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Each investor has to decide how they want to play the next step in this bull market. Some may wish to heed the warnings that there could be another 1987 or be concerned that the next Trump tweet will send stocks reeling. That the market has priced in all of the good news and some of the good news hasn't happened yet. Then there are some that feel stock market highs are just too scary, and all of the above dictates that it is time to move on and sell out, or go to an overweight cash positioning.

The good news is that a true bear market is not going to happen overnight, and even in the bear markets after the dot com bubble and during the financial crisis, there were signs of deterioration well before the real damage was done. So, this is probably a good time to remind everyone that the unpredictability of the financial markets is why you should stop trying to pick the absolute top, and remain diversified. Follow the Peter Lynch advice that opened the article.

My belief is that any long-term investor deciding to sell out because of this or that concern risks being disappointed down the road. For those that want to be heavy in cash, there is also an opportunity risk of lightening up too much when we're still in a bull market. Doing so simply puts an individual next to all of the other top callers that have come before them.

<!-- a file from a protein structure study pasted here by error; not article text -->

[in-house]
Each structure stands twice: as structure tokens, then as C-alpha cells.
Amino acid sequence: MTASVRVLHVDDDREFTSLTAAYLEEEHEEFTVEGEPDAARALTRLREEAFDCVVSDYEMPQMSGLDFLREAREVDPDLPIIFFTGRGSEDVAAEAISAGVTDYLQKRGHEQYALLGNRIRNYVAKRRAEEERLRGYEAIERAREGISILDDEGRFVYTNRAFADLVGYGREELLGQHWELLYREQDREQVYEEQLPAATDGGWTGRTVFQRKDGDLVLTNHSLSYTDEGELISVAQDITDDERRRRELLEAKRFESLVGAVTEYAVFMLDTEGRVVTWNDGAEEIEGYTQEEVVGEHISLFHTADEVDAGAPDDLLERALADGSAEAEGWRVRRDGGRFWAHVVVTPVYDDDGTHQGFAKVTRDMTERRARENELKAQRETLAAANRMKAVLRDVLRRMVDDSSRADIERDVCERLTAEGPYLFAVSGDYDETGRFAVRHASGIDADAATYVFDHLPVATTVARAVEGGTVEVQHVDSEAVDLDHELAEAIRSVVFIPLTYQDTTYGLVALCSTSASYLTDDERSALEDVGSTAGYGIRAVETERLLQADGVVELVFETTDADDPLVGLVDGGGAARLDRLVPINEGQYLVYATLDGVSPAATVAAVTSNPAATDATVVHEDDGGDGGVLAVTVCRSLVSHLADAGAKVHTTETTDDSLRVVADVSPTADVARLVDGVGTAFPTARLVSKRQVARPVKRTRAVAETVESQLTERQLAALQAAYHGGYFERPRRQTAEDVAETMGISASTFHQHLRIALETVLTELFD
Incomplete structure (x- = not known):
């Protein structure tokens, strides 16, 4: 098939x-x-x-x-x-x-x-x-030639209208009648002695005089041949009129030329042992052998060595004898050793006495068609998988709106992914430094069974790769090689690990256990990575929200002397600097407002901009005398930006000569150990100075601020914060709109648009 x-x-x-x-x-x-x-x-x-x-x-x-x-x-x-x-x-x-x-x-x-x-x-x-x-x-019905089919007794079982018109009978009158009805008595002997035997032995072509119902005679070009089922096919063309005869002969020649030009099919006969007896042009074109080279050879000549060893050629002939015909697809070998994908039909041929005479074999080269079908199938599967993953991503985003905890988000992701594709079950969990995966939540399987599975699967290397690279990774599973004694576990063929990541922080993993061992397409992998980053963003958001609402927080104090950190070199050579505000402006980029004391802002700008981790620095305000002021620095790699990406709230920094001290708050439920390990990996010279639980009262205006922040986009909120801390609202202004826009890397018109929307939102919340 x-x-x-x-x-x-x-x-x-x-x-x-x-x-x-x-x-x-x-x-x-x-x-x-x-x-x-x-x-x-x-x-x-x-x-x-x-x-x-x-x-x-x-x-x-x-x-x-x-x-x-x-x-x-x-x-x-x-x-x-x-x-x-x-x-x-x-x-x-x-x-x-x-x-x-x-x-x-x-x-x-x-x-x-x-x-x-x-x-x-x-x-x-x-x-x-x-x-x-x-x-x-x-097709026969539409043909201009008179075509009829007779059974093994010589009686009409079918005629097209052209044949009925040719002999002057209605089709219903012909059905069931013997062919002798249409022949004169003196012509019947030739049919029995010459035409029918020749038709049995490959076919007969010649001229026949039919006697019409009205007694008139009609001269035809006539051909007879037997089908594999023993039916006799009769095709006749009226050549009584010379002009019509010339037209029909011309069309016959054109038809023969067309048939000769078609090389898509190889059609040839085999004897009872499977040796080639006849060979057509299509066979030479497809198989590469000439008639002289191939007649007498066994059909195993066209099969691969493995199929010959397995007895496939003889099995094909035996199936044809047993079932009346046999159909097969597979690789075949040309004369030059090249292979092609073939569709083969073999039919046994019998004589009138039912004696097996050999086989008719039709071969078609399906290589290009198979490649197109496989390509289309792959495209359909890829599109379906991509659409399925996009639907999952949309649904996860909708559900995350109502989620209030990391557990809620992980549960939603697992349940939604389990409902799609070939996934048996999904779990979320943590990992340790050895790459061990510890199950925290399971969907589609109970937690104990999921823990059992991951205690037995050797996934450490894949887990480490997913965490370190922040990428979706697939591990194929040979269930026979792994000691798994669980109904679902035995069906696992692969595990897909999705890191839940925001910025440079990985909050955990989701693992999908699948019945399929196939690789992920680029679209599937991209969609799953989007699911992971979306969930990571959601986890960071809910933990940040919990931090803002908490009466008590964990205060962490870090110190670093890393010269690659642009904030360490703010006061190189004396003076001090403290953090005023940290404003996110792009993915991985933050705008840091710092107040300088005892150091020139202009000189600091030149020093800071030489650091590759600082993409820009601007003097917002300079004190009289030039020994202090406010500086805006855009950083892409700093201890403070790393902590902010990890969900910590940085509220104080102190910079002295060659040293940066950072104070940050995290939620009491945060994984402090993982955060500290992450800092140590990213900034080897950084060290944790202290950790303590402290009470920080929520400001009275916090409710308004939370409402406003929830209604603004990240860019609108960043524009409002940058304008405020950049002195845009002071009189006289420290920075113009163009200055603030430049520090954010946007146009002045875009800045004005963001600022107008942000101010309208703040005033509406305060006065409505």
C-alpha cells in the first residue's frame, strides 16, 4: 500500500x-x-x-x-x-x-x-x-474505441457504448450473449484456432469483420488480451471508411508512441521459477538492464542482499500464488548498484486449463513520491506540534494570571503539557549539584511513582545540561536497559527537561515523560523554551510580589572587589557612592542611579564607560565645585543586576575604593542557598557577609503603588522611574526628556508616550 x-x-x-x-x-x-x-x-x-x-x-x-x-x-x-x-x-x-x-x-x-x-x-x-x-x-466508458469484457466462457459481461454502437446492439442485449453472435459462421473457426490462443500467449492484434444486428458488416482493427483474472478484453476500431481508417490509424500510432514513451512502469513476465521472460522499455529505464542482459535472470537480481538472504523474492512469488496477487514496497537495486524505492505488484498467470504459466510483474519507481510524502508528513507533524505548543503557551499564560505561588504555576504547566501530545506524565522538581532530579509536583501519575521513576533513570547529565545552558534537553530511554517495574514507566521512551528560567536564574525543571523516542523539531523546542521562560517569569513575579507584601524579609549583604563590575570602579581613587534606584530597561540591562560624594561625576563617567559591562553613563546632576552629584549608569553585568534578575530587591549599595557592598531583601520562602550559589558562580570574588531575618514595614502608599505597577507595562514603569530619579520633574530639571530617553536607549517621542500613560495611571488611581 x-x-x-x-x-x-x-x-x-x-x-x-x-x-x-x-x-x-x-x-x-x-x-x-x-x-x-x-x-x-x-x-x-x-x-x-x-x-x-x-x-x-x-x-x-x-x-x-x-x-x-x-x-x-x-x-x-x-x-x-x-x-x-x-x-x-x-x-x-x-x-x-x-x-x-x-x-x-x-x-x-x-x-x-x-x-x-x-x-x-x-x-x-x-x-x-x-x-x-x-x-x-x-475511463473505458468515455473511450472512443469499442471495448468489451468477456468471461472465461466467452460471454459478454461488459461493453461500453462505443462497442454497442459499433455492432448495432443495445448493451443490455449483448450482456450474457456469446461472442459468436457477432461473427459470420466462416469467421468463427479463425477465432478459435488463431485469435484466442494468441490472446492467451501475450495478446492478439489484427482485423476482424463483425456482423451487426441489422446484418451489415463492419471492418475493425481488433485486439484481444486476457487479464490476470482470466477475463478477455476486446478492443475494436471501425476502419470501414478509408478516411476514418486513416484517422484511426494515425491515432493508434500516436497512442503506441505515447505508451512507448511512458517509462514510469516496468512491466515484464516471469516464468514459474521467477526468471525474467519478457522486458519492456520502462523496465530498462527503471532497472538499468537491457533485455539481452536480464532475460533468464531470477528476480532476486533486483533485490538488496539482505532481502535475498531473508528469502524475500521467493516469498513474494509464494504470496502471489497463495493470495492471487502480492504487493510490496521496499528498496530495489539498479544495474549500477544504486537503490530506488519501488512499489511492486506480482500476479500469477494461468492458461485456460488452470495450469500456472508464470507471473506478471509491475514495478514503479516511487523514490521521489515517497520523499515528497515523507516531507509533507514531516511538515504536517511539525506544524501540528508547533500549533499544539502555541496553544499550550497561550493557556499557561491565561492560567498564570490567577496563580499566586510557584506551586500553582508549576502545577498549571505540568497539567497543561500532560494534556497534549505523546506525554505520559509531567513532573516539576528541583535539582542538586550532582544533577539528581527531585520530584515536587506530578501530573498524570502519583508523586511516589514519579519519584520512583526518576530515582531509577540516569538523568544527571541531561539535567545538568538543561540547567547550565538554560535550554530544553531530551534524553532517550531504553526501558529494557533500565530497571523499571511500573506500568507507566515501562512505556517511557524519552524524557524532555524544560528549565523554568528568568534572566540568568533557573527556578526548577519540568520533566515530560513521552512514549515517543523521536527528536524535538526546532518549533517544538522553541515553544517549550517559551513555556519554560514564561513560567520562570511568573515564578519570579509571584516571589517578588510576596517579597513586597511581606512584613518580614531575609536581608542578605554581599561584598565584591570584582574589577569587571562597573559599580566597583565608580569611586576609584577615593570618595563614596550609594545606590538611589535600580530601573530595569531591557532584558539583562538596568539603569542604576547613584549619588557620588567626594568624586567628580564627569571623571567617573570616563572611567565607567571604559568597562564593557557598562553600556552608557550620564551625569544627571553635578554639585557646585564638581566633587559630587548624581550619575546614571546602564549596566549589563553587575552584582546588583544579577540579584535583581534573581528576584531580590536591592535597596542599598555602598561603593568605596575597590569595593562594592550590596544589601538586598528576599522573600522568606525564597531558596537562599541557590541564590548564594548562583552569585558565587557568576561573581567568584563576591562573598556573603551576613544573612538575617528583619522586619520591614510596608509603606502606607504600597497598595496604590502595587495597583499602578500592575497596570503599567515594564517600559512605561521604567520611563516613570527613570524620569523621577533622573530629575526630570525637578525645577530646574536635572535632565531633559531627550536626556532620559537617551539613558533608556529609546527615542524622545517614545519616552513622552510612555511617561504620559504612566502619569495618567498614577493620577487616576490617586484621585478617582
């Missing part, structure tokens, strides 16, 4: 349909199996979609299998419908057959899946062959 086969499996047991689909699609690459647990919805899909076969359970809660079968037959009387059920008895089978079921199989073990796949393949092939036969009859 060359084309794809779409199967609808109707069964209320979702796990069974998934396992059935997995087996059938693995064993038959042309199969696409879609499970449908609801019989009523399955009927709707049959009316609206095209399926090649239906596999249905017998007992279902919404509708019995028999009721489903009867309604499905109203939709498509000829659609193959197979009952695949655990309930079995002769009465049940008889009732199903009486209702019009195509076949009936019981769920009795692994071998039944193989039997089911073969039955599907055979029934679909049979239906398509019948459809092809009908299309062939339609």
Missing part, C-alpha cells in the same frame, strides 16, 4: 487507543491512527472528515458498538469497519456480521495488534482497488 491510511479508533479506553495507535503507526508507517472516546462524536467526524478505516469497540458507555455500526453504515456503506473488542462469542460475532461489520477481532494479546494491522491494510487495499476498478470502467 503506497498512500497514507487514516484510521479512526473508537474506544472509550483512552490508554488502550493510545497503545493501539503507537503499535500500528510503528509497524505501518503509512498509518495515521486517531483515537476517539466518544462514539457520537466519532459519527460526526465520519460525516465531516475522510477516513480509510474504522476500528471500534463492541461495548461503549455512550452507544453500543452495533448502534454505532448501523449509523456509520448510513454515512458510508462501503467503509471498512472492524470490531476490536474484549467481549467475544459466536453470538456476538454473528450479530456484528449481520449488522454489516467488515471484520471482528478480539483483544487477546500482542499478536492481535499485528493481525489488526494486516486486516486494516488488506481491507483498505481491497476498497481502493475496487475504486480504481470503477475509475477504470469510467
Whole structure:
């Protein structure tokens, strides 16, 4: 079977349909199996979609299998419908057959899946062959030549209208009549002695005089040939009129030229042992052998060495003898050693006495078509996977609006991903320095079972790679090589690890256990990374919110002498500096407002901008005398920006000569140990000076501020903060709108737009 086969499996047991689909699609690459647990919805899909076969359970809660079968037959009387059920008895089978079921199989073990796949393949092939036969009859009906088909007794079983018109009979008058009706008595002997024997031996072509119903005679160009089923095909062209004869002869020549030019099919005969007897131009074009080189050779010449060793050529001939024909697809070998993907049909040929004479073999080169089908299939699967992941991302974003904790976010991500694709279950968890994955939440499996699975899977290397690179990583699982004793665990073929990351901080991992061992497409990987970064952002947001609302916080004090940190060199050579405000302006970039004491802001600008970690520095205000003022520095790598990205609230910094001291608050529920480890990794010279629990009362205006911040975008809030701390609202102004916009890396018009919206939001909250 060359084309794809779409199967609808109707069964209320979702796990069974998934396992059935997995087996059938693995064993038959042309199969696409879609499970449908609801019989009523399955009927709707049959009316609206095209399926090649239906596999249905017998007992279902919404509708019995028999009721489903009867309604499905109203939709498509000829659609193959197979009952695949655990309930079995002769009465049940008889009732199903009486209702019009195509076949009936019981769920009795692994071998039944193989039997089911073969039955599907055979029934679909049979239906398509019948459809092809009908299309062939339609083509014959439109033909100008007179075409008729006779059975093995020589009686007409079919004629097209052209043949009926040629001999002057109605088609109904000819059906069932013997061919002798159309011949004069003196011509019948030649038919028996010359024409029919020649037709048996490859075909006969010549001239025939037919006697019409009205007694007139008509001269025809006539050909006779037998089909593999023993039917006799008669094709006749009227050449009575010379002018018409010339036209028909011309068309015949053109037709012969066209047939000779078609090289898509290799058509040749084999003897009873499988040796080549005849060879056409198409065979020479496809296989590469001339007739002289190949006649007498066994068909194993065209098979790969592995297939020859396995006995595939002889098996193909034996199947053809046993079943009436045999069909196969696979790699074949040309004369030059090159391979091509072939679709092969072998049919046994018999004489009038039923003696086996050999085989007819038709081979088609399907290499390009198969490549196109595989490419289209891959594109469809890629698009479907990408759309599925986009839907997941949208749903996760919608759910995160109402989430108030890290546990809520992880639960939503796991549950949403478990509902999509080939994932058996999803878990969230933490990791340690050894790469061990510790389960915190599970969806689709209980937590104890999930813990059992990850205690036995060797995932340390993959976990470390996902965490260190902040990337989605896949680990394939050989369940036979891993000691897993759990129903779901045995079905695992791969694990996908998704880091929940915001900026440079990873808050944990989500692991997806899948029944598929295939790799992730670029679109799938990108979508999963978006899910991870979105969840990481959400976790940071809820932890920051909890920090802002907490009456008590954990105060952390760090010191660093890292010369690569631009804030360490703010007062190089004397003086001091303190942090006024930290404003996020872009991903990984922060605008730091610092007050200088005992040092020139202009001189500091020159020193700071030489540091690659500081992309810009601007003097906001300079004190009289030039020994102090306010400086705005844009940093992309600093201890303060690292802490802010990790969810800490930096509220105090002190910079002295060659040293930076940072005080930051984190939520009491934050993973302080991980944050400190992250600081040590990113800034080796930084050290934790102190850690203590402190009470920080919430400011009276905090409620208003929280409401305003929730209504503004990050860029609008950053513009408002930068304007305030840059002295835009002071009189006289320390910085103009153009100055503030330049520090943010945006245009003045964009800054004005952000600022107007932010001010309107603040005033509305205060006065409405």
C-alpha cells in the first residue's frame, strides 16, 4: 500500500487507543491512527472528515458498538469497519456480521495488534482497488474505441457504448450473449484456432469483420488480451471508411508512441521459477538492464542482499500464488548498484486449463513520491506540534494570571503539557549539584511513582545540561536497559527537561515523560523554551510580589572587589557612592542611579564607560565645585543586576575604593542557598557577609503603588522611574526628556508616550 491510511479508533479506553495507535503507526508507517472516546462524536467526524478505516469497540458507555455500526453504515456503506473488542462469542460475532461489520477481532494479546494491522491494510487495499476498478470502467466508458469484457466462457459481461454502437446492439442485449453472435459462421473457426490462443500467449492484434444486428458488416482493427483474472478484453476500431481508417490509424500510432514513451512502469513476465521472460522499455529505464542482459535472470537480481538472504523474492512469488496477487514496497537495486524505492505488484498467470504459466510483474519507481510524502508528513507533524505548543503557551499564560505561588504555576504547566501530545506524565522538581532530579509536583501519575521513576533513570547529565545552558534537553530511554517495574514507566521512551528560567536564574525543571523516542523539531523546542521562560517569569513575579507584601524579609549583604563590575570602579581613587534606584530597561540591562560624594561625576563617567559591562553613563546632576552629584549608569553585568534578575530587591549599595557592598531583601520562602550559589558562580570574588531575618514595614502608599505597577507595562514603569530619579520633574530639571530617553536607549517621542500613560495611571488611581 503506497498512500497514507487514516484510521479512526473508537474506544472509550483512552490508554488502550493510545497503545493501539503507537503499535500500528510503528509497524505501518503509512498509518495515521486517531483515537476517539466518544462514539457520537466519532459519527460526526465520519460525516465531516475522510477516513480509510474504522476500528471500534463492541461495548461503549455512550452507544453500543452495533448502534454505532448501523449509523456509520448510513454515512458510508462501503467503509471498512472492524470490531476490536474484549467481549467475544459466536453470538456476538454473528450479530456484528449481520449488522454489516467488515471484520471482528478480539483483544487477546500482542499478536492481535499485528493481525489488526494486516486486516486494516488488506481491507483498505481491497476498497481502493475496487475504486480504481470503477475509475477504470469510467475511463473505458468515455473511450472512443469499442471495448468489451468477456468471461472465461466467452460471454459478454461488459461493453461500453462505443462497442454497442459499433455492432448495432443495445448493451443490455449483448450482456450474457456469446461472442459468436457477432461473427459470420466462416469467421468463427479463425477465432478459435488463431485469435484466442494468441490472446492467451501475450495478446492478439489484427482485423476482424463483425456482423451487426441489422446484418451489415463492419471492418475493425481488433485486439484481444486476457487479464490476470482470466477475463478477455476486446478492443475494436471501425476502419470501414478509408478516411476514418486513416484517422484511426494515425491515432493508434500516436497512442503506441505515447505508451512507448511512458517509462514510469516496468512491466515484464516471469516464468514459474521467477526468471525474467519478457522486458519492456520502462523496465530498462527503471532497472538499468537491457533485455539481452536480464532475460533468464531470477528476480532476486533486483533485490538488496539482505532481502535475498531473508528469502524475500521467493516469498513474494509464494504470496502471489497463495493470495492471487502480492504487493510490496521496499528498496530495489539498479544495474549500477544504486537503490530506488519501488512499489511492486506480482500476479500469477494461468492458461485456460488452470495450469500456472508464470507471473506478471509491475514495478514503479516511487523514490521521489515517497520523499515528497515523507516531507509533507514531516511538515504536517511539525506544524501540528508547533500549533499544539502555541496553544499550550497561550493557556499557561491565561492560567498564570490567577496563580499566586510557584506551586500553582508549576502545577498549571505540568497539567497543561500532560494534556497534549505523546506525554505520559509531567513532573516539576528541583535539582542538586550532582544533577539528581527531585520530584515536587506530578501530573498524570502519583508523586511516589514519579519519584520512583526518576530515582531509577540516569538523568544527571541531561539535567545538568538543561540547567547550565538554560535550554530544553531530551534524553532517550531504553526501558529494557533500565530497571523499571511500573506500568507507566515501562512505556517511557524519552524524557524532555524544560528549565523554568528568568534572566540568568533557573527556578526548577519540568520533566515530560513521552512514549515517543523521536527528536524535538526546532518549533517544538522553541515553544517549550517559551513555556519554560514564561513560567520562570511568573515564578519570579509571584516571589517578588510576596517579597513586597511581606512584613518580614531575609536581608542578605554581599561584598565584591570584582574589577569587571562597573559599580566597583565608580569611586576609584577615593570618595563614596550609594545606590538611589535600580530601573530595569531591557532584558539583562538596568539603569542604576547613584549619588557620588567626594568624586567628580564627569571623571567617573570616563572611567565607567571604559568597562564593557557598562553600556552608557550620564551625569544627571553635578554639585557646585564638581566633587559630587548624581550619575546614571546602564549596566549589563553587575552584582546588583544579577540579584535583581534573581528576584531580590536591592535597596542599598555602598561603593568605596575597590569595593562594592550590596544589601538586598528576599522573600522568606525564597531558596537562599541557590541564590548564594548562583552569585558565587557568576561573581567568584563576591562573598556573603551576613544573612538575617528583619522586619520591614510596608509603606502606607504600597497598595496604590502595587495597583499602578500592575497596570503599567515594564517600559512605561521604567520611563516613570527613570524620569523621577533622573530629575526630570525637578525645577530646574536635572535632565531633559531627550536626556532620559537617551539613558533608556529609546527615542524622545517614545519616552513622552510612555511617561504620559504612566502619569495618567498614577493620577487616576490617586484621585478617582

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In my opinion, keeping it simple is the way to proceed. The major indices here in the U.S. have broken to new highs in unison, taking other global markets with them. There is no recession in sight, and the long-term trend is firmly in place. For myself, no major changes in positioning. Minor tweaks here and there, but I remain on course and invested in this market.

Best of luck to all!

Disclosure: I am/we are long AAOI, ABBV, CELG, CVX, DOC, MRK, MRO, NKE, OXY, PFE.

I wrote this article myself, and it expresses my own opinions. I am not receiving compensation for it (other than from Seeking Alpha). I have no business relationship with any company whose stock is mentioned in this article.

Additional disclosure: The opinions rendered here, are just that – opinions – and along with positions can change at any time.


As always I encourage readers to use common sense when it comes to managing any ideas that I decide to share with the community. Nowhere is it implied that any stock should be bought and put away until you die. Periodic reviews are mandatory to adjust to changes in the macro backdrop that will take place over time.